The rationale for these decisions stems from the concept that a debtor who  (1) admits the validity of a debt, (2) represents that the collateral is to be surrendered to receive a discharge of the underling debt, and (3) receives the benefit of the wildcard exemption, but actually has a different agenda is not only in violation of 11 U.S.C. § 521(a)(2)(B) which requires a debtor to perform his intentions within 30 days after the 341(a) meeting of creditors, but more significantly is committing a fraud on the court.[5] Almost all the case law suggests that the court will direct the debtor to withdraw any defenses in the foreclosure action under the threat of sanctions, revoking confirmation and/or revoking a discharge.

    In In re Burnett, Jr.,[6] the Court found that a debtor who chose to surrender property but defended a subsequent foreclosure action obtained the discharge by fraud. Consequently, the Court revoked the discharge. In Meltzer, the debtor was in the midst of a chapter 13 case. After a finding that the debtor failed to comply with his stated intentions under §1325 by defending a foreclosure, the court revoked debtor’s confirmation order[7].  A debtor may also be subject to sanctions for engaging in this behavior[8]. Similar facts were at were at issue in In re Fallia and In re Trout where Judge Hyman and Judge Kimball ordered that if the debtors did not cease efforts to defend the pending foreclosures, the debtors would be subject to sanctions and a withdrawal of discharge for non-compliance.

    Likewise, in In re Lapeyre[9], debtors provided for the surrender of property in their chapter 13 plan but submitted affirmative defenses and counterclaims to the state court in the foreclosure action.  Judge Mark declined the lender’s argument that the debtors were barred by judicial estoppel because that is an issue for state court. However, the Judge found authority under the confirmed plan to order debtors to dismiss their defenses and counterclaims in the foreclosure action.

    In Florida many chapter 13 debtors attempt to modify their mortgage under the Mortgage Modification Mediation Program (“MMM”) rather than cure the mortgage arrears or surrender. However, if the MMM fails, the debtor is now required to modify the plan to set forth either a cure of arrears or surrender of the property.[10] In Calzadilla and Espinosa, Judge Mark found that after an unsuccessful MMM attempt, amending the plan to provide for relief from stay was not sufficient to meet the requirements of §1325 – a debtor must stipulate to surrender and relinquish their right to contest the foreclosure (absent an ability to confirm a plan that provides for the cure or mortgage arrears).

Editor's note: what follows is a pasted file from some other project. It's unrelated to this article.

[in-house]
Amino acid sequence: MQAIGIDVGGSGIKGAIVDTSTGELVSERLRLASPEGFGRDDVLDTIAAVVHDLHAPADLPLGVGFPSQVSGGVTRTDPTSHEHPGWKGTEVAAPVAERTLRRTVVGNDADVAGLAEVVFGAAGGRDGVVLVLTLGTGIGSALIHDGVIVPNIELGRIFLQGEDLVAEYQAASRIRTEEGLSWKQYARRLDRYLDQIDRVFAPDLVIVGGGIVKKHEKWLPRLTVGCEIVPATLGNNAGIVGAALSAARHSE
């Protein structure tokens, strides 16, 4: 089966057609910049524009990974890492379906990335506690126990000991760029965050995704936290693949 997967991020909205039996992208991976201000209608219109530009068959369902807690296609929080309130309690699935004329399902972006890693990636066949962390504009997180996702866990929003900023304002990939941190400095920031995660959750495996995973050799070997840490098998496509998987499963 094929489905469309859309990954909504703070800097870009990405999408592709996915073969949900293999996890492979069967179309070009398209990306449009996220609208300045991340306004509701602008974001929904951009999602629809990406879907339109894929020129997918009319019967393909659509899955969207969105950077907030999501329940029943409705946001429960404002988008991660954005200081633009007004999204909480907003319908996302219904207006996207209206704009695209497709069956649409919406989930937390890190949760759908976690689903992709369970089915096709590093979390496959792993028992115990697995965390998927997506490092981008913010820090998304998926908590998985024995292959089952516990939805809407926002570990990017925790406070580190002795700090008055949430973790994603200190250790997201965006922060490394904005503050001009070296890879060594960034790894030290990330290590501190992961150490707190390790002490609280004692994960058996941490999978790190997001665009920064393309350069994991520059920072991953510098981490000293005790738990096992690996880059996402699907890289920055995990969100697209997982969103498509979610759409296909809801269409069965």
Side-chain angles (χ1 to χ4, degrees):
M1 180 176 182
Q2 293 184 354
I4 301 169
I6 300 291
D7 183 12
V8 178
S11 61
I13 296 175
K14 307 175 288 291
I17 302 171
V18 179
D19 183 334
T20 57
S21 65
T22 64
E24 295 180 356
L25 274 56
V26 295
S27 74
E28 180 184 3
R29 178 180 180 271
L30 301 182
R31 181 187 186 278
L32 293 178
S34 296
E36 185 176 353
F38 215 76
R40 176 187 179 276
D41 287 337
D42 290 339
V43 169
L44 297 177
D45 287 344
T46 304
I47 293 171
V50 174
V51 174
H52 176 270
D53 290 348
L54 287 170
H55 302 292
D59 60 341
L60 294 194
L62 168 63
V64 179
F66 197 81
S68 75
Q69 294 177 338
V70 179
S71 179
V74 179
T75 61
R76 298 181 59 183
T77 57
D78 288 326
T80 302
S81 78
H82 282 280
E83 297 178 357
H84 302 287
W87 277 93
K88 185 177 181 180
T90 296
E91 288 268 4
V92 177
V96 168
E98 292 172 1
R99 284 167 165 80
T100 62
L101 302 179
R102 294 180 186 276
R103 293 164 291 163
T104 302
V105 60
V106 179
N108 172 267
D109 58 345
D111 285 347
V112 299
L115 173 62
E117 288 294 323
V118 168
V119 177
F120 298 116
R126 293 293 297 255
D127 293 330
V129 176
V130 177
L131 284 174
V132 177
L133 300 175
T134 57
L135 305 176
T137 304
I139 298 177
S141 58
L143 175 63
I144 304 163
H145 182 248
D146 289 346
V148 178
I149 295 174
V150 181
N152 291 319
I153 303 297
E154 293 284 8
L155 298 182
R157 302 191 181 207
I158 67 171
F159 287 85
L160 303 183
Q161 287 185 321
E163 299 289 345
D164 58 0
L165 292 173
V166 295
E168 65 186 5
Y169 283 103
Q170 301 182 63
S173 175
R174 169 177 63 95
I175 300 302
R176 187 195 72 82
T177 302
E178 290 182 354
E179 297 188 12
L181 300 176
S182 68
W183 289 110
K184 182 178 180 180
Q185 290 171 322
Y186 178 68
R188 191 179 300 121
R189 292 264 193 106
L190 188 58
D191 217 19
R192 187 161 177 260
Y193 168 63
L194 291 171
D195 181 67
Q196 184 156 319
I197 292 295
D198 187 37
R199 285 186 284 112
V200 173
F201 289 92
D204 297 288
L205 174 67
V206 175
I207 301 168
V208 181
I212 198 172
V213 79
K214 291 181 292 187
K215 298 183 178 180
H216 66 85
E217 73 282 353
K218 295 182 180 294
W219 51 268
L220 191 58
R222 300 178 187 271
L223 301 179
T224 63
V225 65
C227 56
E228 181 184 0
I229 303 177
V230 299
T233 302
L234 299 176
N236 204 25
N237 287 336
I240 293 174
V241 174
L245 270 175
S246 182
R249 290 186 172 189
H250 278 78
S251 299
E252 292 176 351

Debtor’s counsel may not be able to rely on laches as a viable defense for a debtor in this situation. A particularly “grim” decision was handed down in In re Grimm when Judge Briskman granted a motion to compel surrender five years after the case was closed.[11] The Judge threatened that the case would be reopened and the discharge revoked if the debtor did not comply with the motion to compel surrender and cease defending the foreclosure action.

    Luckily, it is not all doom and gloom for debtors. In In re Guerra[12], a lender who came back three years after discharge was denied an order reopening case to compel surrender.  While the Guerra Court found that it could revoke debtor’s discharge and order debtor to withdraw defenses to the foreclosure, it declined to do so. The Court found that debtor did not intend to perpetuate a fraud when a substantial amount of time had passed from when debtor stated an intent to surrender to when debtor resisted foreclosure. It is interesting to note that the debtor was successful in getting her state court foreclosure action dismissed in that case.